One reason we like the stock is because it competes in an industry that continues to grow globally in excess of the rate of broad economic growth. This leads to strong levels of overall growth in the industry, which Coca-Cola has certainly been capitalizing on in recent years.
In addition, the ready-to-drink category is sold through highly-diversified channels and continues to have mid-single digit projected growth rates, both for Coca-Cola and the industry. This is particularly true for still beverages like milk, tea and water. Coca-Cola’s years-old strategy to diversify away from sparkling beverages is due to this and it is undoubtedly bearing fruit.
Coca-Cola also continues to acquire brands in order to grow, including its unexpected acquisition of Costa, a coffee brand based in the UK.
Source: Investor Presentation
This is certainly an out-of-the-box buy for a sparkling beverage behemoth, but Coca-Cola is doing what it takes to secure its future.
Finally, we continue to like the nearly-complete plan to divest the company’s bottling operations. The major portions of the plan are complete and the rest should be done shortly as the company is looking to sell its India bottling assets.
This has resulted in some pretty significant revenue declines over the years, but the end goal is higher margins. That has already begun occurring and with completion of the transformation in 2019, revenue growth will return. Not only will revenue move higher, but margins will continue to do so as well.
Taking all of this into account, in addition to the company’s ample buyback program and productivity improvement efforts, we see total earnings-per-share growth of 6% annually in the coming years. 2019 and the beginning of 2020 are years of transition thanks to the bottling divestitures, but Coca-Cola should see meaningful growth beginning later this year.
The company’s dividend is now up to $1.60, a 2.6% increase from the prior payout. The current yield is 2.8%, which is within its normal bound over the past decade. On this measure, when taken in combination with its long dividend growth streak, Coca-Cola seems fairly attractive to income investors.
Competitive Advantages & Recession Performance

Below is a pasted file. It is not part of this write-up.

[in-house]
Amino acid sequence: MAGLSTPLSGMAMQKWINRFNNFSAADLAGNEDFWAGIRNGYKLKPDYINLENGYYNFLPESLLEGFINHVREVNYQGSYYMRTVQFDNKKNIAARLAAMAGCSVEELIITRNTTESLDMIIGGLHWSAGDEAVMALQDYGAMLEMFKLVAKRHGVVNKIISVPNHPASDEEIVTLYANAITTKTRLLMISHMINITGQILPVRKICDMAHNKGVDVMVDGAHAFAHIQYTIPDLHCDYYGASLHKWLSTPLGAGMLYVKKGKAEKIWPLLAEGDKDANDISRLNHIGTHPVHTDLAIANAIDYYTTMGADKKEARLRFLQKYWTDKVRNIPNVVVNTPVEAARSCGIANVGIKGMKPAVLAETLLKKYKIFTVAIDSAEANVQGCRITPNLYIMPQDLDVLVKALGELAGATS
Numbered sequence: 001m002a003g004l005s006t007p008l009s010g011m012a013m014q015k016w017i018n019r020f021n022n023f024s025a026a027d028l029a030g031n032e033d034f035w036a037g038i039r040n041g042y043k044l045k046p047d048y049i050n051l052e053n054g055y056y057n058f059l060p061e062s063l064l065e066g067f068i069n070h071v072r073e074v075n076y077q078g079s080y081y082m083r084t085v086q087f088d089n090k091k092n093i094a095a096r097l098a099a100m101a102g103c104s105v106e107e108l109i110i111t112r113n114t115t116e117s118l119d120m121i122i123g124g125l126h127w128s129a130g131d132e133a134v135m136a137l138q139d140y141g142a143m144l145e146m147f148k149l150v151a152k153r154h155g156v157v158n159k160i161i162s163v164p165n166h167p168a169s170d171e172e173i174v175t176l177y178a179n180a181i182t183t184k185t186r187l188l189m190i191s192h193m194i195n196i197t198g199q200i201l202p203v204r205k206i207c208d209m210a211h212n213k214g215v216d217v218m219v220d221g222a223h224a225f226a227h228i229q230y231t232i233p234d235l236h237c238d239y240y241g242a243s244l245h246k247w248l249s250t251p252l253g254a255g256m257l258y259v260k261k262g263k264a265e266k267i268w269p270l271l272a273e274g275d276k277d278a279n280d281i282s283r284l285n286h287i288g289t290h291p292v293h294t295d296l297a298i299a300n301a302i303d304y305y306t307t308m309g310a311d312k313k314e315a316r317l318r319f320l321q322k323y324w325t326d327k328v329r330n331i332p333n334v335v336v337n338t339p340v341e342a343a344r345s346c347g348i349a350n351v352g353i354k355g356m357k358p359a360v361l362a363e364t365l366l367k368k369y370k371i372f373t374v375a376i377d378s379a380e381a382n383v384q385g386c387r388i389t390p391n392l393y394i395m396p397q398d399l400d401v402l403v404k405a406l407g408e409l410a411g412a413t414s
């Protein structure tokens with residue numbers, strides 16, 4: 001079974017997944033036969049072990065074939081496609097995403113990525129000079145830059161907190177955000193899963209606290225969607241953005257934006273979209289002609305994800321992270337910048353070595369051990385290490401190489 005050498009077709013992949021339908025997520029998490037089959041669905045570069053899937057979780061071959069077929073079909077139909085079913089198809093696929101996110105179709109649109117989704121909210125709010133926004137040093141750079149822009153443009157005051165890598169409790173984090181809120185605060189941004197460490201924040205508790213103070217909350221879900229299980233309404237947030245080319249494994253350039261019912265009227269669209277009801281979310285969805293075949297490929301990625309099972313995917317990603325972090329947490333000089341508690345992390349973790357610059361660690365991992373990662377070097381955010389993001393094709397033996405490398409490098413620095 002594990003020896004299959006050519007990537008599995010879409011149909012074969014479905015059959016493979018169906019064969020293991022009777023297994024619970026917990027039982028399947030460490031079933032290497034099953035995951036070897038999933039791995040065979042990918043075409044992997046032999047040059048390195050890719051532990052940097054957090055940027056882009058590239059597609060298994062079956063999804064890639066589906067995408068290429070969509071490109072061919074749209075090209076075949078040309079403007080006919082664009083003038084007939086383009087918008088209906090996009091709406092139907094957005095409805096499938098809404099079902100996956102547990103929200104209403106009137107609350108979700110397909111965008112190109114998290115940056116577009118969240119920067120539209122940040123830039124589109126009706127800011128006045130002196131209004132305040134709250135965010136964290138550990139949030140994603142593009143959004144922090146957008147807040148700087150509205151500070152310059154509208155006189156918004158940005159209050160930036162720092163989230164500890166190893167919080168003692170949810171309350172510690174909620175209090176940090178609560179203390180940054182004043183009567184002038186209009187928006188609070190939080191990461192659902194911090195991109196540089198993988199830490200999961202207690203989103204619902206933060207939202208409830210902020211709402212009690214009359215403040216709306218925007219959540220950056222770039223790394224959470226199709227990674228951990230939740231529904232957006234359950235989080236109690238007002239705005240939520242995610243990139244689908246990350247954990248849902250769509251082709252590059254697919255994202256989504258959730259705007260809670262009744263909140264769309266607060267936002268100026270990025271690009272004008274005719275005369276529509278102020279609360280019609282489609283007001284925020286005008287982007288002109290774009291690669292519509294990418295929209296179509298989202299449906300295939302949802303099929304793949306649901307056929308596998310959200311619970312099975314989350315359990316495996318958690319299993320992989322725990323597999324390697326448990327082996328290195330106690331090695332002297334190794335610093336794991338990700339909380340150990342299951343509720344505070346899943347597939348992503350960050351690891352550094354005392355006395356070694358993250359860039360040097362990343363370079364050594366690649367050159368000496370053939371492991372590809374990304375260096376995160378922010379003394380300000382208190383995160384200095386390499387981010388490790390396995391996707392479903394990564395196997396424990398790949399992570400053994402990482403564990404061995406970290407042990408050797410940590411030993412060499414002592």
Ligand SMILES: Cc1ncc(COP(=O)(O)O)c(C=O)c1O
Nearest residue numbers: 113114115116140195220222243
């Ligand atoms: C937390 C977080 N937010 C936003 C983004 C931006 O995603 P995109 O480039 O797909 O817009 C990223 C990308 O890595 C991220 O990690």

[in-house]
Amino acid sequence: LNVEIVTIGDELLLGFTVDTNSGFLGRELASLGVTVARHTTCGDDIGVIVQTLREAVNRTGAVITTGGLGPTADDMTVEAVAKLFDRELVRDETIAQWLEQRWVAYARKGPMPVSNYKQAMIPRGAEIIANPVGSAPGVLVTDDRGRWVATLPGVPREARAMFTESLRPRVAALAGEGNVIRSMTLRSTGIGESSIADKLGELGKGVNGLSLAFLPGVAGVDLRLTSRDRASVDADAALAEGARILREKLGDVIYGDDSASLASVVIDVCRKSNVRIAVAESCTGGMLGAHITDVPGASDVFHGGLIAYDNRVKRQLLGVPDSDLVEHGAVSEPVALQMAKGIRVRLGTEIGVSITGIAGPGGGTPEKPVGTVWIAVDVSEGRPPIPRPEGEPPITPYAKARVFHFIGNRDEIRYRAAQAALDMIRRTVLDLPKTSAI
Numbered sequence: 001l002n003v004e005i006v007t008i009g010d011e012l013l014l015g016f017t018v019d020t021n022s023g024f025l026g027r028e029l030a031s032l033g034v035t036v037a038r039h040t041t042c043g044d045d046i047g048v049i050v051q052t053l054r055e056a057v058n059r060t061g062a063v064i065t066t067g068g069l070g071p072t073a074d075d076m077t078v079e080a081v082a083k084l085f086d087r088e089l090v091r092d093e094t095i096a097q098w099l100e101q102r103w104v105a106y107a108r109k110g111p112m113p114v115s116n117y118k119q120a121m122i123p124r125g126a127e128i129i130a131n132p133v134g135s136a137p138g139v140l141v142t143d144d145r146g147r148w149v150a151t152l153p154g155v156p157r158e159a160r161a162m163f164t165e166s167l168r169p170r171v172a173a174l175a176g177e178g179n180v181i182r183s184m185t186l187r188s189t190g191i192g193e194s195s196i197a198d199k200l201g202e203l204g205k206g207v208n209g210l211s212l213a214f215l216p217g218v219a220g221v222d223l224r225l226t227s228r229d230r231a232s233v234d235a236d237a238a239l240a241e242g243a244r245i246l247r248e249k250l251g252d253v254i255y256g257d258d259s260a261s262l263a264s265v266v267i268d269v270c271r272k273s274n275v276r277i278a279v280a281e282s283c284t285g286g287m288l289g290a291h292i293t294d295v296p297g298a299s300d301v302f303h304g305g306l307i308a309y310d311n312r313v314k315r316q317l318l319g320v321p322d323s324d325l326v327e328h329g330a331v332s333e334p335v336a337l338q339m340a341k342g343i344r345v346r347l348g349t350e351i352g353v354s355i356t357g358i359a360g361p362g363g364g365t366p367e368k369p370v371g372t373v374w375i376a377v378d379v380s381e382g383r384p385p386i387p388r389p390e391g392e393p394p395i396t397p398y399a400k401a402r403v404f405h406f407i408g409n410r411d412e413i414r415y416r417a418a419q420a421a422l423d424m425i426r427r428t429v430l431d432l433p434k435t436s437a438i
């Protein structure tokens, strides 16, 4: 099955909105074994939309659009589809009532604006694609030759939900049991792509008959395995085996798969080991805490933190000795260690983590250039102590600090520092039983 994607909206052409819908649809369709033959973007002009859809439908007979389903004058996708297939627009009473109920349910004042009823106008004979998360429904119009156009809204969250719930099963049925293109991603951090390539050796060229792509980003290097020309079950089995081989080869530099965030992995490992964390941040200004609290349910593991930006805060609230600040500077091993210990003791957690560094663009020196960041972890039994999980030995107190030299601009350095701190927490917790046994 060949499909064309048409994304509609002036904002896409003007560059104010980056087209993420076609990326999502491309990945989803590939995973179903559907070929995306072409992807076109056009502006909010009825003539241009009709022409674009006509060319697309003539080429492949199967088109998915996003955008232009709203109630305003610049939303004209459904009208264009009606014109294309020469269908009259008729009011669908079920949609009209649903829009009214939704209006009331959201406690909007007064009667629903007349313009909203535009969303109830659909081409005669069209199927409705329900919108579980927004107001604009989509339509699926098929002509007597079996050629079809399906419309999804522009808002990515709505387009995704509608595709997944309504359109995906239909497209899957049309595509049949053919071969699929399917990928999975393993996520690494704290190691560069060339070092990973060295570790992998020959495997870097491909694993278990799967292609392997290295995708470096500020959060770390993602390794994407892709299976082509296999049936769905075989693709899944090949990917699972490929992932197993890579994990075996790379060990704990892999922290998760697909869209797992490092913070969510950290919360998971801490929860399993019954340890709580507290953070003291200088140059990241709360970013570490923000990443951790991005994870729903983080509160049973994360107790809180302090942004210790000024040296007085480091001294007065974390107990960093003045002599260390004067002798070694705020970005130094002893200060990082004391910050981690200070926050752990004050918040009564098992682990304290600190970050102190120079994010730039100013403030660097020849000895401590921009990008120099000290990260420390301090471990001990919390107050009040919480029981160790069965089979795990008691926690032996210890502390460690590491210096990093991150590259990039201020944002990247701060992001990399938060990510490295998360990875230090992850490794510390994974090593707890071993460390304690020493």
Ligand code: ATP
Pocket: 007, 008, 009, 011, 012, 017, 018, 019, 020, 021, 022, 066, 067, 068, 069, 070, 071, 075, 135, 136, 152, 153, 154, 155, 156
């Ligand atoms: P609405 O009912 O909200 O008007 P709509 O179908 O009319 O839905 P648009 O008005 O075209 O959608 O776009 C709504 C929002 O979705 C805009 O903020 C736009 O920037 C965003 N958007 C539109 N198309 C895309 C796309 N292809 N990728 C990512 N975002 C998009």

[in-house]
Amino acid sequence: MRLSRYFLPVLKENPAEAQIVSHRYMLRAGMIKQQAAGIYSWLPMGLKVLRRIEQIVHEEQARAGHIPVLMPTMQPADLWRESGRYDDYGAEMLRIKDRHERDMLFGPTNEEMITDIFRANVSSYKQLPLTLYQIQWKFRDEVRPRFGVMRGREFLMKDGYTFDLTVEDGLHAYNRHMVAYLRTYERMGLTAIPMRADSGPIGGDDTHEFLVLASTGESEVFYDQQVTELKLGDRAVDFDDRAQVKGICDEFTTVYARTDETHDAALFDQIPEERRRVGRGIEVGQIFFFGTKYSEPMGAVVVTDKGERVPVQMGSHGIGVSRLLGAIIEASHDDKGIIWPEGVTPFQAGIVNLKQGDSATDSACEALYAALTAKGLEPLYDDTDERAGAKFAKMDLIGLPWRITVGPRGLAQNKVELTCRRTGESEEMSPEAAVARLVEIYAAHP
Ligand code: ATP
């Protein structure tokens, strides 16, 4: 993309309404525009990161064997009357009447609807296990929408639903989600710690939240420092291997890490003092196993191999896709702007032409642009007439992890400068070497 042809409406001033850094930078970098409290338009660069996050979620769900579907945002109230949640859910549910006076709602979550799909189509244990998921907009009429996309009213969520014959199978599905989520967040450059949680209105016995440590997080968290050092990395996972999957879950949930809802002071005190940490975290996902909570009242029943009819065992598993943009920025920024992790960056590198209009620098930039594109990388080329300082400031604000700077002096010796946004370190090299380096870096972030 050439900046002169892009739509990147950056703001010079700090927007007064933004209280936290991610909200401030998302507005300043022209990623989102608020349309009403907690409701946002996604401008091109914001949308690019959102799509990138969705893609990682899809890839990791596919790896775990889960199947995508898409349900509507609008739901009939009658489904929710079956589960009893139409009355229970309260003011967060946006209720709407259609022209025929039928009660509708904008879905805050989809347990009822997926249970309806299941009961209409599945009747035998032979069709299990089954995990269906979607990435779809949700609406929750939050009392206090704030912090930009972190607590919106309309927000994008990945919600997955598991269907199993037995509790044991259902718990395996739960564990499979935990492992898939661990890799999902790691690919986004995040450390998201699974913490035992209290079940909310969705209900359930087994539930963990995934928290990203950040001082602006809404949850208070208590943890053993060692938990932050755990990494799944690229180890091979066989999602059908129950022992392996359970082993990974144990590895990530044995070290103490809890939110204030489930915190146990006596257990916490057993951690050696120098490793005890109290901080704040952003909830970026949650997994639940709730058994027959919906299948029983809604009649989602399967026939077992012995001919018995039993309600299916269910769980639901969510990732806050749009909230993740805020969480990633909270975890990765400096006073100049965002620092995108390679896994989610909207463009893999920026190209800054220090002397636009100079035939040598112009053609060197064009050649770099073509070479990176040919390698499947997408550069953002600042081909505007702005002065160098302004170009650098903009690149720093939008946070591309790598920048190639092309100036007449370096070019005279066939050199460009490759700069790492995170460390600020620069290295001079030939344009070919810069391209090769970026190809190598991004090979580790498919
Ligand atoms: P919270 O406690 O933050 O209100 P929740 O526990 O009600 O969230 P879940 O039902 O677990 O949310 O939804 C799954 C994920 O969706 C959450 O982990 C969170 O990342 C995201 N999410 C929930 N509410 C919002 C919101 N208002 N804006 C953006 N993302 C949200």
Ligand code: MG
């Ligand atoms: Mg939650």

Coca-Cola enjoys two distinct competitive advantages, which are its strong brand and global scale. According to Forbes, Coca-Cola is the sixth-most valuable brand in the world. The Coca-Cola brand is worth $59.2 billion.
In addition, Coca-Cola has an unparalleled distribution network. It has the largest beverage distribution system in the world. Of the roughly 60 billion beverages consumed around the world every day, about 2 billion come from Coca-Cola.
These advantages allow Coca-Cola to remain highly profitable, even during recessions. The company held up very well during the Great Recession:
- 2007 earnings-per-share of $1.29
- 2008 earnings-per-share of $1.51 (17% increase)
- 2009 earnings-per-share of $1.47 (3% decline)
- 2010 earnings-per-share of $1.75 (19% increase)
Not only did Coca-Cola survive the Great Recession, it thrived. Coca-Cola grew earnings-per-share by 36% from 2007-2010. This shows the durability and strength of Coca-Cola’s business model. The company’s dividend also appears very safe.
Valuation & Expected Returns
Coca-Cola expects adjusted earnings-per-share to be roughly flat this year despite a mid-single digit rise in organic revenue. At our current estimate of $2.10 for this year, Coca-Cola trades for a price-to-earnings ratio of 27.4.
This is a premium of approximately 44% from our fair value estimate of 19 times earnings, which takes into account the stock’s historical valuations as well as future growth estimates. Should the stock revert to our fair value estimate of 19 times earnings, it would introduce a 7% headwind to total annual returns.
Putting all of this together, we expect total annualized returns of ~2%, consisting of the 2.8% dividend yield, 6% earnings growth and a 7% headwind from the valuation. Because the stock appears to be significantly overvalued, the corresponding contraction of the valuation multiple is expected to meaningfully reduce total returns over the next five years.
Coca-Cola has made great strides repositioning its portfolio to meet changing consumer tastes. It has built a large portfolio of juices and teas, to cater to a more health-conscious consumer.
There is more work to be done to diversify away from sparkling beverages, and we see much-improved growth prospects beginning in 2020.
We rate the stock a sell given its valuation, but we very much like Coca-Cola’s dividend as well as its improved growth outlook. Coca-Cola is a time-tested Dividend Aristocrat, and will very likely continue increasing its dividend each year.